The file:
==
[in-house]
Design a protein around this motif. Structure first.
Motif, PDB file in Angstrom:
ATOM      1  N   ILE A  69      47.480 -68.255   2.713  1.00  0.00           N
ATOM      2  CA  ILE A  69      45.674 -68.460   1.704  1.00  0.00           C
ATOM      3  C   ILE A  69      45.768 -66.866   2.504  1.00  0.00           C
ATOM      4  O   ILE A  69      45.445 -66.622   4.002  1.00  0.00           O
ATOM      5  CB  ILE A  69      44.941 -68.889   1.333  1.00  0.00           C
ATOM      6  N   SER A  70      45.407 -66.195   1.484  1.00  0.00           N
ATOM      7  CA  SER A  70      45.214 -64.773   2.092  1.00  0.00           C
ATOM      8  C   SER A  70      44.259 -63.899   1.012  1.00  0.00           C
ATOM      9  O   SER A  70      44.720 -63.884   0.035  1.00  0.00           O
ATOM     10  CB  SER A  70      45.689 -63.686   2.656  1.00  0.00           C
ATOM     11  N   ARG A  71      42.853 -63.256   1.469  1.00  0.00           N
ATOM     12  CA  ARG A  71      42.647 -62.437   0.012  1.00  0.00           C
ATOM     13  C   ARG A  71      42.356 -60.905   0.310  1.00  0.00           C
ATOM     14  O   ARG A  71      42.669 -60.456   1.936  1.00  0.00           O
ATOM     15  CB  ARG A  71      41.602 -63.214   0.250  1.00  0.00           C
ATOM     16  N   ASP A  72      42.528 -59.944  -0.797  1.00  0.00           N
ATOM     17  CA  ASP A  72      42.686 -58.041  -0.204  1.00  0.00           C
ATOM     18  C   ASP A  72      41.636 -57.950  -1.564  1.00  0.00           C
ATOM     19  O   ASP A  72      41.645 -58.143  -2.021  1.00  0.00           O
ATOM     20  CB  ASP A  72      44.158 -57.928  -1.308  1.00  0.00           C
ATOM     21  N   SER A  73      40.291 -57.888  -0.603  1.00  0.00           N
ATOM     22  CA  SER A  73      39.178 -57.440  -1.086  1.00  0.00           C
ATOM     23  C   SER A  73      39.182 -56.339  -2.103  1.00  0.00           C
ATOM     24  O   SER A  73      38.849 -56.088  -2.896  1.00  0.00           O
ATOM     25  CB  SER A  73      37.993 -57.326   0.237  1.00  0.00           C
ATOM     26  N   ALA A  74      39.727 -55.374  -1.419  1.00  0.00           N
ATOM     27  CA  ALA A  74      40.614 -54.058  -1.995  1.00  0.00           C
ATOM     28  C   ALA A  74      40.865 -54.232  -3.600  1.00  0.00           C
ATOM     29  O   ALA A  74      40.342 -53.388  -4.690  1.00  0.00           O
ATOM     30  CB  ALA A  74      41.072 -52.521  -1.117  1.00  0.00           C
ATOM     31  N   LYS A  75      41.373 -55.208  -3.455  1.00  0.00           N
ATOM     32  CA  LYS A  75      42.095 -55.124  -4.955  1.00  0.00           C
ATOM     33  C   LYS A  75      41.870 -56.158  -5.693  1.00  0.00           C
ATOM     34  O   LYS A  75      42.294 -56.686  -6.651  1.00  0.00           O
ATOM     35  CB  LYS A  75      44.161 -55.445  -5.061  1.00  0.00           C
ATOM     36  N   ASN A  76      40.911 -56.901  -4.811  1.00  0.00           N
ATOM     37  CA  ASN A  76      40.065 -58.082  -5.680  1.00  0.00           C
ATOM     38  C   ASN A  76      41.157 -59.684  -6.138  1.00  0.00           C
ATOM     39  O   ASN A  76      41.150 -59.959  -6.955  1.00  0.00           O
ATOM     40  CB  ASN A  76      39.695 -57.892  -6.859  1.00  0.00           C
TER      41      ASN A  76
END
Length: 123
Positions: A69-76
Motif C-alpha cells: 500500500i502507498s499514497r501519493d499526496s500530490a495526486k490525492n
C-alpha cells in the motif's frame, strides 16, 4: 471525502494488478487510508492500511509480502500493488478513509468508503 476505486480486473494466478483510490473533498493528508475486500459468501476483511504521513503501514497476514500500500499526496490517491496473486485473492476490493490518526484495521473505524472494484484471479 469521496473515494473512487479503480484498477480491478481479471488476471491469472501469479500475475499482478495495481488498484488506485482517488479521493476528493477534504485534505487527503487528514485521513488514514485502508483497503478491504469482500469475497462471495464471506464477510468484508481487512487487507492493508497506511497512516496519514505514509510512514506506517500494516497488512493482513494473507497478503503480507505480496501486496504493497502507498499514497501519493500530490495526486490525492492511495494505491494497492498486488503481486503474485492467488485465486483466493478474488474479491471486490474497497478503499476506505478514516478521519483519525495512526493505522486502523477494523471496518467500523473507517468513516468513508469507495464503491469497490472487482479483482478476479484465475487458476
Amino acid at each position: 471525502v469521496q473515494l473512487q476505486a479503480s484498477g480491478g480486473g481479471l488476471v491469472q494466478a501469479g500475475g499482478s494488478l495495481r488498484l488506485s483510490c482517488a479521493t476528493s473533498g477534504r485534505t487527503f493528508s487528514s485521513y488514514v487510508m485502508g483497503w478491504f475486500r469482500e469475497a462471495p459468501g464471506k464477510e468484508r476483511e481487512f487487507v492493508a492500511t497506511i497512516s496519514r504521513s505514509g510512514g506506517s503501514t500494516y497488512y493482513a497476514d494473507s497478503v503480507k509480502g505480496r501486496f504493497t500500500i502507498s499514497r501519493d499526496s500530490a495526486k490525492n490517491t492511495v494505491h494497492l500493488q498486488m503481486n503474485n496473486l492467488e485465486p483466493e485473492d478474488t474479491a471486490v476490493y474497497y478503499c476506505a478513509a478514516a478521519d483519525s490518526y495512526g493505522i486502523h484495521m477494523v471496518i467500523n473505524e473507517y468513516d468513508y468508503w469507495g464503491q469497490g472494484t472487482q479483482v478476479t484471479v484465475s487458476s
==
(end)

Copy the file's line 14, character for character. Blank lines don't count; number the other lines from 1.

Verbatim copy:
ATOM     11  N   ARG A  71      42.853 -63.256   1.469  1.00  0.00           N